Robert Montgomery's The Gallant Hours is three movies in one, an overly reverent memoir of Fleet Admiral William F. Halsey, maybe the most unusual war movie I've ever seen, and a somewhat-clumsy piece of historical fact/fiction.
And yet, it works, and works pretty darned well. The power of The Gallant Hours comes from the juxtaposition of James Cagney's intense portrayal of the mercurial naval commander in the Guadalcanal campaign of August, 1942 to February, 1943 with the documentarian interplay between Halsey and Japanese Fleet commander, Admiral Isoroku Yamamoto.
In a crisp black and white, Montgomery tells the story of Halsey's assignment to take command of the failing effort to wrest control of Guadalcanal after two months of dithering and failure by Halsey's close friend, Admiral Robert Ghormley. He's faced with a titanic effort to drag victory out of the clenched fangs of almost-certain defeat.
Halsey reminds his staff that, quite simply, if the 'canal falls, Australia will follow, and the effort to defeat the Japanese will probably come to a ghastly end.
From the moment you meet Cagney's Halsey, all pugnacity, dancing on his pent up energy to, "Kill Japs, kill more Japs, and kill even more Japs," you can't help but love him. He's the coach who wins games, Vince Lombardi in khaki. He takes command, apologizes to Ghormley for the inevitability of getting all the credit-if things go right-and starts assessing just how awful the situation really is.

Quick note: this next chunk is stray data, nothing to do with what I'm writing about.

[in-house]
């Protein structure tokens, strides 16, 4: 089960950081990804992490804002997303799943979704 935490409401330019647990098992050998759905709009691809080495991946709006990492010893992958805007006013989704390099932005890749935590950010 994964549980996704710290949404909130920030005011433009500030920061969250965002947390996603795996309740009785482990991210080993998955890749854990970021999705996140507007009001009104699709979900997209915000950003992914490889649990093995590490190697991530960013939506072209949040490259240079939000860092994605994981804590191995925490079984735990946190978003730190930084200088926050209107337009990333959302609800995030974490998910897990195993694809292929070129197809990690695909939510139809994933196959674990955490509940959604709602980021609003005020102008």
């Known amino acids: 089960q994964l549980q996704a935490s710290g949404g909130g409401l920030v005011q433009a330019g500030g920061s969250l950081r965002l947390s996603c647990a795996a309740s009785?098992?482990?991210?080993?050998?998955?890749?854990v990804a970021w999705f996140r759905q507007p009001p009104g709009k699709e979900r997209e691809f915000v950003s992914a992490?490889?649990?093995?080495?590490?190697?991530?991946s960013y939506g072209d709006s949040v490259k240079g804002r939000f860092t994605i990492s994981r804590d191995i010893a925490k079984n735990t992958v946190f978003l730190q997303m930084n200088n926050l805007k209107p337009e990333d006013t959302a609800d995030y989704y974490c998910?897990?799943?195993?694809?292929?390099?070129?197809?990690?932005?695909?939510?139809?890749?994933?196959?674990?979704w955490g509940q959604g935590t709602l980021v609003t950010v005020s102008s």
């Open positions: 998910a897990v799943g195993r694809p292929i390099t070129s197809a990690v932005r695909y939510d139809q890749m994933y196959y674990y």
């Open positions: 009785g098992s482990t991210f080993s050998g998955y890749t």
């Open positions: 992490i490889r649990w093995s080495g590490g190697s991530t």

Halsey goes to Guadalcanal to see the mess at point blank range. His driver, played by an actor who is 40-if he's a day-is a 28 years old marine. You wouldn't realize it until the narrator informs you. It's a subtle, telling piece of storytelling using casting to make a point.
Then the narrator tells you the driver's future, and you understand why Guadalcanal was Hell on Earth.
They do it again when the admiral meets a squad of marines, and you're told half of the just-out-of-high-school-aged leathernecks won't survive. A youngster waves goofily at the admiral as they hoof it away, and, you guessed it, you're told he is one of the GIs who won't make it home.
I'm such an old fuddy-duddy, I'm writing this with clenched teeth. I don't want to tear up writing a movie review.
Time and again, the director bounces back and forth to show the commanders and the commanded.
"This is so-and-so, 19-years-old, who killed 38 Japanese soldiers this morning."
"Here lies a father of two little girls in Kobe, Japan, a schoolteacher by trade."
My teeth are clenching again. My jaws hurt.
God, this movie is hard to watch. Not because there is, literally, no action scenes, but that you can see what you're not seeing. "Saving Private Ryan" and "The Pacific" are right there, somewhere outside Halsey's porthole on his command ship. Every time bad news is delivered, Cagney's character grits his teeth, swallows his grief, and tells his staff to do something that will accomplish Halsey's wish that, "When this war is over, the only place the Japanese language will be spoken is in Hell."